The Death and the Berth
The Death And The Berth starts the album with so much to be said for an instrumental track that doesn’t even touch the first minute mark. The album skips forward a few years to Hunters late teens, although not much has happened in the time between. Living with his mother in isolation near the Tree and the Lake, he has lived his sheltered life in wonder of what’s beyond. The album is twice as long as Act I (literally fifteen more seconds would have been exactly double), so we can expect a lot to happen in Hunters near future.
In the time since Act I, Ms. Terri has continued working in secret at the Dime. Hunter has grown more curious through the years, but his naiveté doesn’t allow him to come to any conclusions about his mother. The title of the song contains wordplay on the word birth, spelling it as ‘berth’. The meaning of birth in this case is the fairly obvious relation to death, also in the title, and further extends the theme of new beginnings in the story. With the spelling that Casey has chosen though, the meaning seems to be more subtle. ‘Berth’ usually relates to a ships resting spot when docked, or a distance needed to clear when maneuvering a ship. I’ll try to come back to this later in the post to elaborate.
Into The Music
The song starts in a boom of brass and cymbals, quickly coming down to a quieter tone. Settling into the key of Am, the strings hold long notes, with a faint piano playing an important melody in the background. An even quieter chorus of voices can be heard with the higher range of strings. A lone string instrument starts to play a repeating melody as the piano fades out. That’s the whole song, as some keys start to lead us into The Procession. Each of the key moments in the song here can lead us to an event in the story though, surprisingly enough.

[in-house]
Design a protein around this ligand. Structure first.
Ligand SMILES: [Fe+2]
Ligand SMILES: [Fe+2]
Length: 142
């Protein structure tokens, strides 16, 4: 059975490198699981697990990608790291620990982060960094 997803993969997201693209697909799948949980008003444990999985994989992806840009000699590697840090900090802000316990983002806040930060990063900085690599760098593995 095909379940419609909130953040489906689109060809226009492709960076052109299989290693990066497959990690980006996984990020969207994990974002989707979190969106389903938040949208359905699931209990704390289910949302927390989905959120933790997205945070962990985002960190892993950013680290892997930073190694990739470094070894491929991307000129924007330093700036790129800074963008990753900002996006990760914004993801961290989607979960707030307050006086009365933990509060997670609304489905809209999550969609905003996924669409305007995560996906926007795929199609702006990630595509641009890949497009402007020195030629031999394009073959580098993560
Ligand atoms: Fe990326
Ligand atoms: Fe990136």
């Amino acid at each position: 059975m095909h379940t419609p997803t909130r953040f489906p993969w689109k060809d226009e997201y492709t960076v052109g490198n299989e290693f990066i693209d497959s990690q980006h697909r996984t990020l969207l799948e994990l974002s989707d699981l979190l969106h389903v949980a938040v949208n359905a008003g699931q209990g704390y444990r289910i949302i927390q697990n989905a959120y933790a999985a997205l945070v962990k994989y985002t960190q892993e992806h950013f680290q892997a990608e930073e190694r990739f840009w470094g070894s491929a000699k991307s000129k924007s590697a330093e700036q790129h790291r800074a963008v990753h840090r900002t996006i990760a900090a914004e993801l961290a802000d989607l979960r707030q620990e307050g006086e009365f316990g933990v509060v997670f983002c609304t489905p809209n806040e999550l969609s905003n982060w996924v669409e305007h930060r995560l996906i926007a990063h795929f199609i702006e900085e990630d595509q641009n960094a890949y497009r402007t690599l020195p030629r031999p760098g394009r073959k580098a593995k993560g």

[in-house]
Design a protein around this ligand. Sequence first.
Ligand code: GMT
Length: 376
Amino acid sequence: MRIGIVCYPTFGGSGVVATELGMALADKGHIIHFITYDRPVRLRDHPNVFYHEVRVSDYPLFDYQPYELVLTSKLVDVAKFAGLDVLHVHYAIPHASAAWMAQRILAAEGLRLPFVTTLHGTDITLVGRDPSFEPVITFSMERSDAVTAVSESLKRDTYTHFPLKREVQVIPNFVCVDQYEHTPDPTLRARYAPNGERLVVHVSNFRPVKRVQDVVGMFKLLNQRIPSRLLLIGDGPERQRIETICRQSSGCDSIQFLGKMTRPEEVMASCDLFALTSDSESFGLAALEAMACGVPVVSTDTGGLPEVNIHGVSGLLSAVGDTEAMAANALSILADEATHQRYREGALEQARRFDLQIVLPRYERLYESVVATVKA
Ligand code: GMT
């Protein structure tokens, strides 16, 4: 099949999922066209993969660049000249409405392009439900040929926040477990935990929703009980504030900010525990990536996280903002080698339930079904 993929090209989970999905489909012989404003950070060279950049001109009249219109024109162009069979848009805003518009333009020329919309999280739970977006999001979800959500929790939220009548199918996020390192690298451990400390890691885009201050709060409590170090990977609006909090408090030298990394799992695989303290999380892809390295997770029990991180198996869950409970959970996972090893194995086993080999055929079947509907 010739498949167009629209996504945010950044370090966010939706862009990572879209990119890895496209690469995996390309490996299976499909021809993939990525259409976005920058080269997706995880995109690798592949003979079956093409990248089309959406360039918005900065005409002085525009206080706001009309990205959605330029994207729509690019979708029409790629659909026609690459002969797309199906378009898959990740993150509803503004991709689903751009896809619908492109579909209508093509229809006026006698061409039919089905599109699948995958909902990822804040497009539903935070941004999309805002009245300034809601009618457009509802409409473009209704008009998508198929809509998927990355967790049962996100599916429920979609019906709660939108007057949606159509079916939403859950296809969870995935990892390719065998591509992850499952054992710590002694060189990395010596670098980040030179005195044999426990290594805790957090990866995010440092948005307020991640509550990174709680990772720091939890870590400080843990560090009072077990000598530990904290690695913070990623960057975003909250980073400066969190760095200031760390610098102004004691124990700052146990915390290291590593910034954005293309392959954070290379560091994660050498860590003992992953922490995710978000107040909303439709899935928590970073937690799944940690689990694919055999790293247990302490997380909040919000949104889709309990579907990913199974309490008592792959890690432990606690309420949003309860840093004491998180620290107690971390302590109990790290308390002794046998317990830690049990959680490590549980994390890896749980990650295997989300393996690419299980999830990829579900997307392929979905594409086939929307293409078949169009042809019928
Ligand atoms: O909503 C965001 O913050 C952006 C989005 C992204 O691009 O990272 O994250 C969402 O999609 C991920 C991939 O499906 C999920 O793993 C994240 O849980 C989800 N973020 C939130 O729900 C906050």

The grandiose beginning, I believe, is Hunter finding his mother passed away in their home. It’s the initial shock he experiences finding that the one person he knew, is gone. As the shock fades away he becomes morose and he thinks of his mother and the life he had with her. He sees her before him, accepting that she is now gone. The final melody that is played by the cello occurs in the album a few more times, so I think this is just foreshadowing future events. As for the title of the song, we now know that the death was of Ms. Terri, and the birth is of more symbolic meaning than anything. The alternate spelling, berth, is a bit confusing for me to interpret. It could relate to the space that’s needed for Hunter to clear a new path in his life, or him setting on a new voyage.
The song tells a lot about Hunters emotional state in a brief amount of time. Casey really made sure to put plenty of foreshadowing here, as there’s a lot of themes that come back throughout Act II. This album has a lot more substance than the previous one and I hope to try and get through these with as much accuracy as I can.
As always thank you for reading, The Procession has been posted simultaneously to this entry, so be sure to read that one next. If you want to stay updated you can subscribe by email in the footer of the page, and if you enjoyed this and want to support the site you can donate in the footer as well. I have plenty of free time at the moment so I’m excited to get a lot of this project done in the near future.